When walking on campus, especially at night, try to stay on more crowded and well-lit pathways. Many schools have emergency stations, usually marked by blue lights, that can be used to speak with or summon help if you feel as though you are in danger. Be aware of your surroundings and stay away from suspicious individuals. It may seem cold, but your safety is important. If you are walking around at night, it’s always good to have a friend with you. There is safety in numbers, and not being alone is a deterrent to potential sexual assaulters.

The point is not to live in a constant state of fear, but to rather have the knowledge that sexual assaults can, and unfortunately do, happen. Arming yourself with this information can prove useful in helping reduce your risk of being a target. If you happen to be a victim of an on-campus sexual assault remember that you are not alone and that there are a lot of people who are willing to help you.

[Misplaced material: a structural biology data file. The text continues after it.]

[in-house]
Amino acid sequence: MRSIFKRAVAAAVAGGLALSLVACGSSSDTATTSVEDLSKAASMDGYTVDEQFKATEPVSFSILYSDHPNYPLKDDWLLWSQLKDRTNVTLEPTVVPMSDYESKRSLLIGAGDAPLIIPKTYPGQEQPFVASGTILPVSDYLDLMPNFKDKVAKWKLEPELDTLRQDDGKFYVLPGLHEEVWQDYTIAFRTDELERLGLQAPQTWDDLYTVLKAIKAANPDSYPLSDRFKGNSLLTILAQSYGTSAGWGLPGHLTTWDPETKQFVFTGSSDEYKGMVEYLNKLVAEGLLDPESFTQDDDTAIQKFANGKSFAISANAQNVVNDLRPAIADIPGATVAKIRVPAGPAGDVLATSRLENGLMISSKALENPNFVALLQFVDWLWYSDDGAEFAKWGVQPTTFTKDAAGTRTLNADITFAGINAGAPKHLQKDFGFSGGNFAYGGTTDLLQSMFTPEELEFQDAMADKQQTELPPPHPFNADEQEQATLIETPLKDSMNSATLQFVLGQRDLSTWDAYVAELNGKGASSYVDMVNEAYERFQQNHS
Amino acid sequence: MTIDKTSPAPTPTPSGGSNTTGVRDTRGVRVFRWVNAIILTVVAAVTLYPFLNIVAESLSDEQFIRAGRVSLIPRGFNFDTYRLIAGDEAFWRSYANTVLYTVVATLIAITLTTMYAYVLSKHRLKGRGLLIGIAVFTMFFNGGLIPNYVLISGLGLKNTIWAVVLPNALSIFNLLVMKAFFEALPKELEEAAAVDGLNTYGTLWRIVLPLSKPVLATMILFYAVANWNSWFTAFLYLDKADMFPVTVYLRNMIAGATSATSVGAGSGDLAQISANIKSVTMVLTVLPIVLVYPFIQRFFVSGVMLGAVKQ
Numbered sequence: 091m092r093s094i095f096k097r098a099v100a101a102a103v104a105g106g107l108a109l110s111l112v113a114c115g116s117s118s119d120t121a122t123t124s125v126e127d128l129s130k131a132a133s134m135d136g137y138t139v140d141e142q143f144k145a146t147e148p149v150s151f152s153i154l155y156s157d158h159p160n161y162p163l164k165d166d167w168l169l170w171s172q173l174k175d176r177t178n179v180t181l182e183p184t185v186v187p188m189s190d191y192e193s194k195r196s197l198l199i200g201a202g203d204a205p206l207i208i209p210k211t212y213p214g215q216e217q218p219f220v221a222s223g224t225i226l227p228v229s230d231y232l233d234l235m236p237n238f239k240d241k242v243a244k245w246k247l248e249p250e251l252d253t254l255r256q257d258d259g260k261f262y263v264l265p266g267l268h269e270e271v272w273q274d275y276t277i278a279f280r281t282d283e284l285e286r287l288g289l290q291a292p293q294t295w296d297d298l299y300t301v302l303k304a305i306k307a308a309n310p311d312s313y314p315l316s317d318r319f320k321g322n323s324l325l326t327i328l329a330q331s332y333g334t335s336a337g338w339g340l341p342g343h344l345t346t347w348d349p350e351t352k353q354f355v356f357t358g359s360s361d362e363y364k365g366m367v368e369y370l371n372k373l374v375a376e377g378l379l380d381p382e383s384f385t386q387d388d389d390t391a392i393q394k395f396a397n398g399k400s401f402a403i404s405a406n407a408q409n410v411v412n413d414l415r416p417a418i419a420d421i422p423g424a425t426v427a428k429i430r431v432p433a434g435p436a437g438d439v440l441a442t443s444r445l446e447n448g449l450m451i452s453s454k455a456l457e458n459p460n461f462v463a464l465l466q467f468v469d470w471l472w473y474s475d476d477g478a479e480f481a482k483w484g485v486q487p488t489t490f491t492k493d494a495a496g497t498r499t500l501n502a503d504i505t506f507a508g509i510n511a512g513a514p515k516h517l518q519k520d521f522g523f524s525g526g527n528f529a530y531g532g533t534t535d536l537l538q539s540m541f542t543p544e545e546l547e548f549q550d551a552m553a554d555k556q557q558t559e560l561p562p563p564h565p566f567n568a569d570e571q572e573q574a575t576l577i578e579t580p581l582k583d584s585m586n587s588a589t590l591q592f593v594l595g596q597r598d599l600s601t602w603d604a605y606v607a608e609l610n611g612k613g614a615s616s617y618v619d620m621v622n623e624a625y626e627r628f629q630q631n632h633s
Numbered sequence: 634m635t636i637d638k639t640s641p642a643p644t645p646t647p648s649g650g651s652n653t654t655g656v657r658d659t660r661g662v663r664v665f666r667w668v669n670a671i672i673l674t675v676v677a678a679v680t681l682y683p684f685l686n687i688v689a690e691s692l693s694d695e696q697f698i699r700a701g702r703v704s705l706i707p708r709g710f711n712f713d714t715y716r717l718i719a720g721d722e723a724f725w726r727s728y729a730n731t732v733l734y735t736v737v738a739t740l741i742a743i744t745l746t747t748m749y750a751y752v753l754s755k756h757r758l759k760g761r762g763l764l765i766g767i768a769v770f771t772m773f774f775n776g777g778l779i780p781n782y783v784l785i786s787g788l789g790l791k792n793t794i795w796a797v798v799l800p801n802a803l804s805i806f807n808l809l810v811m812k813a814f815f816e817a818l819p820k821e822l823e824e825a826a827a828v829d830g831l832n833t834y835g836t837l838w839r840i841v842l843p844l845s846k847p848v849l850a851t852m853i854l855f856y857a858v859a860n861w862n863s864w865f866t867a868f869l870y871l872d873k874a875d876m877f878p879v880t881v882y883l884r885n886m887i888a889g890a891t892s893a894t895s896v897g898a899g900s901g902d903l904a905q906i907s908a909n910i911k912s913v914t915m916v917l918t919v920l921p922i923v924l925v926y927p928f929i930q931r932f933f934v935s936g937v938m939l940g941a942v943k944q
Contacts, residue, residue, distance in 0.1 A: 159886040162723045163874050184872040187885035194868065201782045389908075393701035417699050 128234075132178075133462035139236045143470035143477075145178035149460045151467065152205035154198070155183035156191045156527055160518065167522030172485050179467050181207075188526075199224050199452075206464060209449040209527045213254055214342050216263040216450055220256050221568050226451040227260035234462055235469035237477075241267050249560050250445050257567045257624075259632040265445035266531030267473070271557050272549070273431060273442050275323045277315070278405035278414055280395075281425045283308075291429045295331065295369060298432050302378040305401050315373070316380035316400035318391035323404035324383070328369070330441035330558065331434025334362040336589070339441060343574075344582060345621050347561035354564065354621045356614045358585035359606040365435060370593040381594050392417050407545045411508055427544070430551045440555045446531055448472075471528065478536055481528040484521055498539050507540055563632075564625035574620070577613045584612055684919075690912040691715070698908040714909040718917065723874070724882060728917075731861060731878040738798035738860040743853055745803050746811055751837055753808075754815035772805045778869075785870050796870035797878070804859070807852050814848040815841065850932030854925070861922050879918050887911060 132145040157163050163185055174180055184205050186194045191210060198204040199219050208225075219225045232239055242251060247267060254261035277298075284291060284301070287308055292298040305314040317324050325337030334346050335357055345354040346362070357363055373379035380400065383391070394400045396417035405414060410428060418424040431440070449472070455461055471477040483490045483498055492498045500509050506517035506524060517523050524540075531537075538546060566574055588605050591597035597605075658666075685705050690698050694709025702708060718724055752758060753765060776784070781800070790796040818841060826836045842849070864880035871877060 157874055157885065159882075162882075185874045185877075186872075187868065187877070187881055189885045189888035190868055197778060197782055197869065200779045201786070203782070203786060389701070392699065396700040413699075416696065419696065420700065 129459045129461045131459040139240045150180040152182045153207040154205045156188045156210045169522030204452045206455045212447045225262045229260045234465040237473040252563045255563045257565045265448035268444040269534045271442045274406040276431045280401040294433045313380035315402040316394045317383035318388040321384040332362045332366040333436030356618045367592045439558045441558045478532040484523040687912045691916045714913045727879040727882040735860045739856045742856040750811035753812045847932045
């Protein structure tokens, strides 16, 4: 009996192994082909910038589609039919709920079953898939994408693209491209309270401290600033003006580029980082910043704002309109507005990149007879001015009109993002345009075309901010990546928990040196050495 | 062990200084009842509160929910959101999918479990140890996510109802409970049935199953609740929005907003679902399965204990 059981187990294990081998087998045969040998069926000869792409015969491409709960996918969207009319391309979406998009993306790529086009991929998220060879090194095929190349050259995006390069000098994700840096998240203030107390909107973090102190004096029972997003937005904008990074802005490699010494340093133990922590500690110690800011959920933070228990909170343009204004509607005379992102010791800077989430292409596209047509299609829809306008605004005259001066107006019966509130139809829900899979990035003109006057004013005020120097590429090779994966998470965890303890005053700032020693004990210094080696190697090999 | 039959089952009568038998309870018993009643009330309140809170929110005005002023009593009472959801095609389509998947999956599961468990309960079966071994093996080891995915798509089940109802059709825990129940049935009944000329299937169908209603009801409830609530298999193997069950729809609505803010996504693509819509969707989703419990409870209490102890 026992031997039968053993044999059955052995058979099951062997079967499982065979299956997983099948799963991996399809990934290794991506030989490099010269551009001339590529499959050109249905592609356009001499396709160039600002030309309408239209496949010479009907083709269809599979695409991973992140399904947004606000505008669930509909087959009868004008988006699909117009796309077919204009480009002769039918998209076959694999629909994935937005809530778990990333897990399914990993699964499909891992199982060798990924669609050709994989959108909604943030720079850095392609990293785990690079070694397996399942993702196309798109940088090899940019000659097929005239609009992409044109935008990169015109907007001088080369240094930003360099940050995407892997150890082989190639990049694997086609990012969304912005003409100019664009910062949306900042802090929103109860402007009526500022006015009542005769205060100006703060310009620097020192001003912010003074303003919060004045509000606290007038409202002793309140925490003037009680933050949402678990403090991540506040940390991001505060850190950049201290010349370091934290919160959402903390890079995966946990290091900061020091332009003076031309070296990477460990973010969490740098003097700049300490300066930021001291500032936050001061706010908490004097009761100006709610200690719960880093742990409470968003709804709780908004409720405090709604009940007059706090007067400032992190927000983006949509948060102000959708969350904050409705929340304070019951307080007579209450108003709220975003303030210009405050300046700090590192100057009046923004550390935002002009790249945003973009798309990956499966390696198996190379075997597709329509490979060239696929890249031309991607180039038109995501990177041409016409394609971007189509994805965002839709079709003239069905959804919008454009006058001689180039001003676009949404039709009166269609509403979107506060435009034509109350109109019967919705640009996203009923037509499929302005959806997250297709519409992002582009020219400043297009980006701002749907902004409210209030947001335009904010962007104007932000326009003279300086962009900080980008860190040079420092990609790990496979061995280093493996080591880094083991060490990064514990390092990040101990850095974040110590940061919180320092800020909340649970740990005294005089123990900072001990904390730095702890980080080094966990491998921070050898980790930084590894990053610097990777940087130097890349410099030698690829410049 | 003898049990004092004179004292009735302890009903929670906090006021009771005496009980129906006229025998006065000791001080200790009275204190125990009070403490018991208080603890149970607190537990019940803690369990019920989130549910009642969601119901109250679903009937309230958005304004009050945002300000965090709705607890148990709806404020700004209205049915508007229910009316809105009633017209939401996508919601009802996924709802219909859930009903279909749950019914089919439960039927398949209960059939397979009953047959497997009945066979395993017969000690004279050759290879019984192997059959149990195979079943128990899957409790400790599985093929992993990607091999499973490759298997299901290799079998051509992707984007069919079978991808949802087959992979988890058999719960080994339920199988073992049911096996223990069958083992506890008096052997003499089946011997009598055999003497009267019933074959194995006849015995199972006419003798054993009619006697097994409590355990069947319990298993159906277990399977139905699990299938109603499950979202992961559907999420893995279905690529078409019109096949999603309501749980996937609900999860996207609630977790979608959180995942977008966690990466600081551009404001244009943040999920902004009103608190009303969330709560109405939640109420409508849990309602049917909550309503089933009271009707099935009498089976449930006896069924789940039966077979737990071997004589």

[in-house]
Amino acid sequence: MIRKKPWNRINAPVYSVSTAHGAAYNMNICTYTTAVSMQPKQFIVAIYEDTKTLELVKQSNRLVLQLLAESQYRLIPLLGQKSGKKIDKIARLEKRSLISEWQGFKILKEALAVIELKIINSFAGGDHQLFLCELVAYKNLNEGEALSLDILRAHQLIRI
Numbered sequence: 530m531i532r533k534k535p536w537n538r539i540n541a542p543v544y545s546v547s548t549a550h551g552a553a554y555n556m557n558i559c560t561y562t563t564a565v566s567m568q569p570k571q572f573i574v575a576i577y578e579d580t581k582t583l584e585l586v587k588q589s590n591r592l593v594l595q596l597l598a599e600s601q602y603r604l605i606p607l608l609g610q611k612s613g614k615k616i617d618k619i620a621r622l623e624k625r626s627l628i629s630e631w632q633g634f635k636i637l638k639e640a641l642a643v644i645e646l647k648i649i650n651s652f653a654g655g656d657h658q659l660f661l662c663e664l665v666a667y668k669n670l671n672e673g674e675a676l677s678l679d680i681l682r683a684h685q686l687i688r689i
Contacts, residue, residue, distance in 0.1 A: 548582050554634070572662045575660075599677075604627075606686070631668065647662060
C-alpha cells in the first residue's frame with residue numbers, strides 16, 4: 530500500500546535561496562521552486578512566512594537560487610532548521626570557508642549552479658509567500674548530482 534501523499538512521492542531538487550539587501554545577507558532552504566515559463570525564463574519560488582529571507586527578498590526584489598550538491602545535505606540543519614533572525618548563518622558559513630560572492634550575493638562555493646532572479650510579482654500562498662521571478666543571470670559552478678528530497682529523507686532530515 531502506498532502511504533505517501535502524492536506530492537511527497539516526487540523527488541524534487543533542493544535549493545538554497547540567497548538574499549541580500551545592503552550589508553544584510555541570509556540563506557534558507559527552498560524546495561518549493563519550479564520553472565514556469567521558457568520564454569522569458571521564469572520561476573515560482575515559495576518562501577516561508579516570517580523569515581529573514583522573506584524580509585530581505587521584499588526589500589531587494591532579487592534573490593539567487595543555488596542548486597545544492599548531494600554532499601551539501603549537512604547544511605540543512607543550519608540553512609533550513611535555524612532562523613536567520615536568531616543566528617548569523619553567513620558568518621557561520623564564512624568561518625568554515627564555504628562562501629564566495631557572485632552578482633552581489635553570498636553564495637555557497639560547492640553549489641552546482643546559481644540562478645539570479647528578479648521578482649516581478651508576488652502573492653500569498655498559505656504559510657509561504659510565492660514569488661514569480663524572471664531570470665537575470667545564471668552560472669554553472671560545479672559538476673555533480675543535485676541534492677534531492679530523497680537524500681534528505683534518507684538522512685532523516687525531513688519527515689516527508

Decreasing Drunk Driving on College Campuses

Drunk driving is an incredibly serious problem on college campuses across the United States, as colleges provide an environment in which under-age individuals can get relatively easy access to alcohol and in far too many instances, binge drinking is common, if not encouraged.

Drunk driving places everyone on the road in harm’s way, and can have devastating effects on unsuspecting, law-abiding motorists. Fortunately, many university administrators are taking action to try and reduce drunk driving incidents on and around their campuses. Some steps that university administrators have taken in recent years have included:

Initiating Safe Ride Programs: Safe ride programs can be run either by campus officials, or as a volunteer organization that students themselves participate in. With these programs, individuals who find themselves intoxicated off campus can call a number and receive a free ride back to their dorm or apartment. This discourages drunk driving, and helps to create a safer environment on roadways near a university, and helps students avoid criminal charges like DUI, DWI, OWI (in places like Wisconsin), or DWII (in places like Oregon). In most states, speaking with a DUI or DWI lawyer could help you alleviate the stress when issued a drunk driving ticket.